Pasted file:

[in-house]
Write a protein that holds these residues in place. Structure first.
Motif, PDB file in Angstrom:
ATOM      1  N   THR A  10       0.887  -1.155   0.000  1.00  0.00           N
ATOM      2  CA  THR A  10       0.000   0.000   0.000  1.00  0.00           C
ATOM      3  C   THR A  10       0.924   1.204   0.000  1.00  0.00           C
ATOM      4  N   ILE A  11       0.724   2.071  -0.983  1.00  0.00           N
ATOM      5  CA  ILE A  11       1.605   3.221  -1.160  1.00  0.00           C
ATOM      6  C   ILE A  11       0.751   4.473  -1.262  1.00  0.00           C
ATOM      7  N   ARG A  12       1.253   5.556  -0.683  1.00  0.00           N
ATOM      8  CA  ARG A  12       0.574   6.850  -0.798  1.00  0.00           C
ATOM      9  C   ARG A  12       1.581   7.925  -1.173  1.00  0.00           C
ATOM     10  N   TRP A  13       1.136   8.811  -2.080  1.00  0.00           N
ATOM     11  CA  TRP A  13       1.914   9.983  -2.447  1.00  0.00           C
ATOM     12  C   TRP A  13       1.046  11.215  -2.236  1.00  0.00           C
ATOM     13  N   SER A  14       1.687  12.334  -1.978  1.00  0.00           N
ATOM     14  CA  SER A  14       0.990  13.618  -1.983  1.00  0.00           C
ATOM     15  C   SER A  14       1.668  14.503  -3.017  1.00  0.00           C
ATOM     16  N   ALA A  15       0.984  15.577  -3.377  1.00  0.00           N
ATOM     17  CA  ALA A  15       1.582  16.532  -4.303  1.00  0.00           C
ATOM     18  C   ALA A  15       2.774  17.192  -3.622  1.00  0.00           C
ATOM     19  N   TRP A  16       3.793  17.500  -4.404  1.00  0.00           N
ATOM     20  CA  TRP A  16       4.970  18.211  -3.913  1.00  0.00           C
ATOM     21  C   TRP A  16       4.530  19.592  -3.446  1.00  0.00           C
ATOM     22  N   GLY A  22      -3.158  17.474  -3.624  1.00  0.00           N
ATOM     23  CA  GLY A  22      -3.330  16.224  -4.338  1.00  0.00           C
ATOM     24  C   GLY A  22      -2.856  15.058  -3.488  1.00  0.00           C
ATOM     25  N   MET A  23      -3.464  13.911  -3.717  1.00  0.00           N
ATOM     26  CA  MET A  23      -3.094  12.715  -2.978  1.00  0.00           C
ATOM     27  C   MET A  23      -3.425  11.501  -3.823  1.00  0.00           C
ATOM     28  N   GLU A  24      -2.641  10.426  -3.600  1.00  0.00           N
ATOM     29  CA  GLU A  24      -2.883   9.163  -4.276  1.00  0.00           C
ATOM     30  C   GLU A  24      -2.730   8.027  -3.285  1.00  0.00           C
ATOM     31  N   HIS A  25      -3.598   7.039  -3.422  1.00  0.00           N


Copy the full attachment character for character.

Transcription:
[in-house]
Write a protein that holds these residues in place. Structure first.
Motif, PDB file in Angstrom:
ATOM      1  N   THR A  10       0.887  -1.155   0.000  1.00  0.00           N
ATOM      2  CA  THR A  10       0.000   0.000   0.000  1.00  0.00           C
ATOM      3  C   THR A  10       0.924   1.204   0.000  1.00  0.00           C
ATOM      4  N   ILE A  11       0.724   2.071  -0.983  1.00  0.00           N
ATOM      5  CA  ILE A  11       1.605   3.221  -1.160  1.00  0.00           C
ATOM      6  C   ILE A  11       0.751   4.473  -1.262  1.00  0.00           C
ATOM      7  N   ARG A  12       1.253   5.556  -0.683  1.00  0.00           N
ATOM      8  CA  ARG A  12       0.574   6.850  -0.798  1.00  0.00           C
ATOM      9  C   ARG A  12       1.581   7.925  -1.173  1.00  0.00           C
ATOM     10  N   TRP A  13       1.136   8.811  -2.080  1.00  0.00           N
ATOM     11  CA  TRP A  13       1.914   9.983  -2.447  1.00  0.00           C
ATOM     12  C   TRP A  13       1.046  11.215  -2.236  1.00  0.00           C
ATOM     13  N   SER A  14       1.687  12.334  -1.978  1.00  0.00           N
ATOM     14  CA  SER A  14       0.990  13.618  -1.983  1.00  0.00           C
ATOM     15  C   SER A  14       1.668  14.503  -3.017  1.00  0.00           C
ATOM     16  N   ALA A  15       0.984  15.577  -3.377  1.00  0.00           N
ATOM     17  CA  ALA A  15       1.582  16.532  -4.303  1.00  0.00           C
ATOM     18  C   ALA A  15       2.774  17.192  -3.622  1.00  0.00           C
ATOM     19  N   TRP A  16       3.793  17.500  -4.404  1.00  0.00           N
ATOM     20  CA  TRP A  16       4.970  18.211  -3.913  1.00  0.00           C
ATOM     21  C   TRP A  16       4.530  19.592  -3.446  1.00  0.00           C
ATOM     22  N   GLY A  22      -3.158  17.474  -3.624  1.00  0.00           N
ATOM     23  CA  GLY A  22      -3.330  16.224  -4.338  1.00  0.00           C
ATOM     24  C   GLY A  22      -2.856  15.058  -3.488  1.00  0.00           C
ATOM     25  N   MET A  23      -3.464  13.911  -3.717  1.00  0.00           N
ATOM     26  CA  MET A  23      -3.094  12.715  -2.978  1.00  0.00           C
ATOM     27  C   MET A  23      -3.425  11.501  -3.823  1.00  0.00           C
ATOM     28  N   GLU A  24      -2.641  10.426  -3.600  1.00  0.00           N
ATOM     29  CA  GLU A  24      -2.883   9.163  -4.276  1.00  0.00           C
ATOM     30  C   GLU A  24      -2.730   8.027  -3.285  1.00  0.00           C
ATOM     31  N   HIS A  25      -3.598   7.039  -3.422  1.00  0.00           N